The multinational corporation and its investment strategies are to a great extent the very substance of "globalism." An MNC is a firm that invests a portion of its capital abroad. The debate over whether the MNC is an alien interloper and exploiter or a godsend to poorer countries continues, and it isn't likely to abate.
Proponents of the MNC stress the financial benefits they bring. Most importantly, MNCs usually pay far more than their domestic competitors. They bring many amenities to the host country, such as assistance developing the internal infrastructure that makes doing business locally much easier. Part of this infrastructure improvement leads to technological spillovers that benefit the entire population. More locals are educated in the newest technologies, and these can then lead a new development path for the host country. MNCs can, but do not always, boost local employment and economic growth. Many host countries, especially in the third world, like the increase in local tax revenue the MNC brings.
The fact that governments like the new revenue and local improvements common to MNC investment is part of the problem. "Dependency" theorists argue that it is this alliance between the MNC, the state and a small number of native elites that makes MNC investment such a moral problem. The MNC helps perpetuate poverty by creating this state-centered alliance. Dependency theorists argue that poverty in the third world is the result of the global trade system that sees these states as sources of cheap labor and raw materials. Therefore, their development is distorted as growth benefits only a handful of well connected native elites.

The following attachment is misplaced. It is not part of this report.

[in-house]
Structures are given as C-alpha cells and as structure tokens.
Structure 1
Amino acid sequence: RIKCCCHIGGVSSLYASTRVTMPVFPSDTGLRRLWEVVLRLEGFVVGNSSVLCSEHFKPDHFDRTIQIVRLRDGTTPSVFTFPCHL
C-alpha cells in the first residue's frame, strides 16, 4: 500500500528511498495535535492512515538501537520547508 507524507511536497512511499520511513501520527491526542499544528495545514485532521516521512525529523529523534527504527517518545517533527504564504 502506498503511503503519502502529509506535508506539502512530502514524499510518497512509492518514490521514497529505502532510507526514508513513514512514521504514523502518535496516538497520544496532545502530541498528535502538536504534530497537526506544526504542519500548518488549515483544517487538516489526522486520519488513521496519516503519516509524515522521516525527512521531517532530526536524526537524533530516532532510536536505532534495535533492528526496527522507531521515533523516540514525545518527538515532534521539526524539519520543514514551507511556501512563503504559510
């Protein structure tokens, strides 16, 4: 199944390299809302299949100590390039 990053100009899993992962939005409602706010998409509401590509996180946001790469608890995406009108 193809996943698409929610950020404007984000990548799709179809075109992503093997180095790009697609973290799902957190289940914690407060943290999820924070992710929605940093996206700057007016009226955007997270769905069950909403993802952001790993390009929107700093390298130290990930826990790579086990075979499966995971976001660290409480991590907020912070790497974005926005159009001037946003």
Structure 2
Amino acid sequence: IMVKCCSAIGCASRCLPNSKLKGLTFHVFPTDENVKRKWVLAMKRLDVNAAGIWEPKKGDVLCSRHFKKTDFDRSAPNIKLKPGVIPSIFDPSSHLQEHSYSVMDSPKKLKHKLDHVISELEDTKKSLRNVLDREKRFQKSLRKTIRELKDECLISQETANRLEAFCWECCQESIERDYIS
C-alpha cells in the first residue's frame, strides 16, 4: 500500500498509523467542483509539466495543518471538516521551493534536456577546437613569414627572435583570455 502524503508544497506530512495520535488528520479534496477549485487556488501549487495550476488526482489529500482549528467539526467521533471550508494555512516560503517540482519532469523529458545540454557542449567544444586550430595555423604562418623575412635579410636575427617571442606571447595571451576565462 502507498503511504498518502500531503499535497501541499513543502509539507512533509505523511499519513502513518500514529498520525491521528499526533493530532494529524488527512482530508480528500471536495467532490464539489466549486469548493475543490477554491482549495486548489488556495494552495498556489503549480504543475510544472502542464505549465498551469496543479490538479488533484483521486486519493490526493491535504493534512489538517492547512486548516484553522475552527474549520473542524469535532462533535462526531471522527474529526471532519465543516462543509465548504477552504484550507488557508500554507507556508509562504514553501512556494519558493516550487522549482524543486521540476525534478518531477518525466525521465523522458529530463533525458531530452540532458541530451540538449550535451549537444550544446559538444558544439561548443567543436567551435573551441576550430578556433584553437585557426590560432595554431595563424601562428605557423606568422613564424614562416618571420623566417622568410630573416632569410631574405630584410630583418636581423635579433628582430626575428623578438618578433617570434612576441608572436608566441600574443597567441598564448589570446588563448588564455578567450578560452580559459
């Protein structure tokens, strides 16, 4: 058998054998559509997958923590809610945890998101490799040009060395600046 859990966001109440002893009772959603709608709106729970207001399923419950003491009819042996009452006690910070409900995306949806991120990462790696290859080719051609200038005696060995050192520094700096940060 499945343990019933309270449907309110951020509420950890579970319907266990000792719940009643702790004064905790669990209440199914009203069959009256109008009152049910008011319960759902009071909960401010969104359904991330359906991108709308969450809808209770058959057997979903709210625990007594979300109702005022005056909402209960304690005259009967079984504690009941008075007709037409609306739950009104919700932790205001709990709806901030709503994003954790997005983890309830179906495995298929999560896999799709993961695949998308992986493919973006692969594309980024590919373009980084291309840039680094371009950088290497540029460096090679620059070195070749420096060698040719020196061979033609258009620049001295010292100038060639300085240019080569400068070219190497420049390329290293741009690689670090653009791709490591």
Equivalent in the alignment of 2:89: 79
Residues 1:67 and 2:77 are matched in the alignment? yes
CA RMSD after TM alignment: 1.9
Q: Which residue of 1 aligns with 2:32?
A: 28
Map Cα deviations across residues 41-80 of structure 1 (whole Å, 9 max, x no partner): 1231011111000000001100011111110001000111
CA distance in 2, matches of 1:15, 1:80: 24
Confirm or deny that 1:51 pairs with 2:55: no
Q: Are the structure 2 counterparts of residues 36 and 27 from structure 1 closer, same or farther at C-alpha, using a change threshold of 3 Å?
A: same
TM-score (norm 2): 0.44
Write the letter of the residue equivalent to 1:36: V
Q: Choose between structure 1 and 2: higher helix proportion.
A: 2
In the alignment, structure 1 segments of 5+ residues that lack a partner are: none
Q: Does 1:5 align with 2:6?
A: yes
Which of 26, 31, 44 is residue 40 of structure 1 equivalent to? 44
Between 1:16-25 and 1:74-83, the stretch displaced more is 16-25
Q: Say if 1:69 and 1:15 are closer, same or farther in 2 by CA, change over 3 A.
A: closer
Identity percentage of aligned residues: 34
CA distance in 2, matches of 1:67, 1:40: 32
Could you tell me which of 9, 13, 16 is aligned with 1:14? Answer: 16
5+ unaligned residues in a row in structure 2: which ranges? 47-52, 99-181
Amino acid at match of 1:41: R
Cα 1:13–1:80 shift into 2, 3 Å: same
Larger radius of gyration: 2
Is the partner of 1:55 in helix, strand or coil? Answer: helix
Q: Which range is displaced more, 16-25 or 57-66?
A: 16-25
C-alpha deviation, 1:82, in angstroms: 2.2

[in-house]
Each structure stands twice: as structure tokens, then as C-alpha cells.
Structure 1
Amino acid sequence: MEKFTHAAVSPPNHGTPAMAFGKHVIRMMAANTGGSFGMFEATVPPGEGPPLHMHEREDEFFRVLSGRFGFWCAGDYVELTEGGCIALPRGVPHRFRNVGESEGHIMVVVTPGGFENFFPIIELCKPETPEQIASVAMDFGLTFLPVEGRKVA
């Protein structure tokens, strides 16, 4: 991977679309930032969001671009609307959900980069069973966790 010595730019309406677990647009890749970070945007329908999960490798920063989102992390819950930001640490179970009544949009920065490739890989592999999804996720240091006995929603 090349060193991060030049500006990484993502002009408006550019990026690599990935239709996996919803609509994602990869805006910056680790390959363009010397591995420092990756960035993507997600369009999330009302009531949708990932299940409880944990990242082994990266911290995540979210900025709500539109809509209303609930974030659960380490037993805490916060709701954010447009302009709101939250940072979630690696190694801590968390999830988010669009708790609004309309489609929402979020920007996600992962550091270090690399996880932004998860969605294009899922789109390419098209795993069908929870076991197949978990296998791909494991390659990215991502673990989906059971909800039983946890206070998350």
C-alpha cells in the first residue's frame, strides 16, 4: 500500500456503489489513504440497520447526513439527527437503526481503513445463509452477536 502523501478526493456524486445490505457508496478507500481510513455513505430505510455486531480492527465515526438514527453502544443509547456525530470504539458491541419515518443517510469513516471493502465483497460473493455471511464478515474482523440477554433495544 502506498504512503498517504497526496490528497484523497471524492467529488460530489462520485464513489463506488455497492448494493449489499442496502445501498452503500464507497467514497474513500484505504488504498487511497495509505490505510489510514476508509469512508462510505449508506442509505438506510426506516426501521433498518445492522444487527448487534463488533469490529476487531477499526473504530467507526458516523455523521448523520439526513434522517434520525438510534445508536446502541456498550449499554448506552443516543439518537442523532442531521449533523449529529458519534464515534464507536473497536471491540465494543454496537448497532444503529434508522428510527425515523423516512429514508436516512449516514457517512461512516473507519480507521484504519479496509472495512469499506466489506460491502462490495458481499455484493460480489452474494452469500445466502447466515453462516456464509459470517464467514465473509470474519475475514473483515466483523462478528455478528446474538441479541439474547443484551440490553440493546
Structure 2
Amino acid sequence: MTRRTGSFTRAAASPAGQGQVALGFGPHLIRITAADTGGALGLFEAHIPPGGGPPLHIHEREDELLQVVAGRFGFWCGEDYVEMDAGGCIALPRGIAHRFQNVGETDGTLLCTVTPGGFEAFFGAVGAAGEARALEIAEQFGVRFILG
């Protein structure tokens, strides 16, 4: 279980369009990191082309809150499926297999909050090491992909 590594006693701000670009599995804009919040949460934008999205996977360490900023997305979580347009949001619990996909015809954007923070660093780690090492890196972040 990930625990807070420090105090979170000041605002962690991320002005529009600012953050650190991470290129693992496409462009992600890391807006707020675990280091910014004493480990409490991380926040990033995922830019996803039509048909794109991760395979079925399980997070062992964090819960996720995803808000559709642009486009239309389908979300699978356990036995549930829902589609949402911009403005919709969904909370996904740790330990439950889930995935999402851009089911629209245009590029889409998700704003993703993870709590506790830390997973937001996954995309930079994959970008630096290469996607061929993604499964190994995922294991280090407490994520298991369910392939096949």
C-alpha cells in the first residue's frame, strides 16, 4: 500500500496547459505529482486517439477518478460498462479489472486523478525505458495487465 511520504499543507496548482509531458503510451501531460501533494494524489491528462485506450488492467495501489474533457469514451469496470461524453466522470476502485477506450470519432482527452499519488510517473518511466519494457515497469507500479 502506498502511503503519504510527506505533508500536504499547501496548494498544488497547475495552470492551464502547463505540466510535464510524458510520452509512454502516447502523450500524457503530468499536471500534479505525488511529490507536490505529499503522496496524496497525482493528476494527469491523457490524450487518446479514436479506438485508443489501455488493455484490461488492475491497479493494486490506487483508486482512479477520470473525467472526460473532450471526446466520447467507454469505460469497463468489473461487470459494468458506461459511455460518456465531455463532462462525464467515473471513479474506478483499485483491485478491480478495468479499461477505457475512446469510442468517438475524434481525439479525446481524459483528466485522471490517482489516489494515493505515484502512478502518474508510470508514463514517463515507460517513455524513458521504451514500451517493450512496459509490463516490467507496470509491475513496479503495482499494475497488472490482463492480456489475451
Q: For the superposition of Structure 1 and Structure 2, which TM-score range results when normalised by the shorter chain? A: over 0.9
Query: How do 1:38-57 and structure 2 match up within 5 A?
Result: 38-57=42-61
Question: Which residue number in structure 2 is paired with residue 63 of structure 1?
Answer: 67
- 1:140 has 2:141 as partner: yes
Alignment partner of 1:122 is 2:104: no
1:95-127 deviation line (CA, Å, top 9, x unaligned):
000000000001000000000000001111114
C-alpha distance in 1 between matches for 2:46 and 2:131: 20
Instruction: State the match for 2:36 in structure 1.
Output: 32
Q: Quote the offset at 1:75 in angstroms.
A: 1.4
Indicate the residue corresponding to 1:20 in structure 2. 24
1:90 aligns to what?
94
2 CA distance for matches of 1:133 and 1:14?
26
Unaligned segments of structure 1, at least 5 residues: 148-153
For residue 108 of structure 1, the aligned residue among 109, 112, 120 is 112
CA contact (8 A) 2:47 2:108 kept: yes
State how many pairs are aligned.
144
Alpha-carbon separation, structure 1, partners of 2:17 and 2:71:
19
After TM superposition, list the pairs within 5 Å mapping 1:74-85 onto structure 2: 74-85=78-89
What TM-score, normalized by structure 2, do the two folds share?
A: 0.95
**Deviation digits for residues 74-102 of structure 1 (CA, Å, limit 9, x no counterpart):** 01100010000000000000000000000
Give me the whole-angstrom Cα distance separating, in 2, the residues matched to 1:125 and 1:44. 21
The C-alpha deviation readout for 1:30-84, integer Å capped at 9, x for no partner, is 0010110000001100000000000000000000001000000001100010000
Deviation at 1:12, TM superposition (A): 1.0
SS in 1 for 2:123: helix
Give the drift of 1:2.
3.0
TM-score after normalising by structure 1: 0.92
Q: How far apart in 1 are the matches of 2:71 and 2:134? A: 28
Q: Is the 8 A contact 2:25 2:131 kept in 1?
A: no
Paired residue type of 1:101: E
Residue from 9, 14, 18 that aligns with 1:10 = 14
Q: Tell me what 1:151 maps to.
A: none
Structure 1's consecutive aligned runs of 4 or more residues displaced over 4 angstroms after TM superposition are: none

Part of the dependency argument rests on the destruction of local industry. An MNC has nearly every advantage in investing overseas, especially concerning technology and knowledge. Local businesses cannot compete unless they seek state protection, which often comes at a high cost. The destruction of the local business infrastructure and network is an important aspect of dependent development. Once the local infrastructure is eliminated, development is done on the MNC's terms. If modernization is accomplished at the behest of the MNC, democracy in any real sense is gone.
The spillovers from the MNC mean that more locals and natives are educated in newer technologies. Slowly, the presence of the MNC can lead to the education of many who would not have received it otherwise. Governments have an interest in building educational institutions that can serve the new arrivals and build some of their own. Locally owned businesses can serve the MNC by being part of its supply chain, giving them a source of income unknown before. Local output increases, and, in some instances, exports can increase markedly. Local employment can also soar, if the host country has enough educated young people to staff the new plants.
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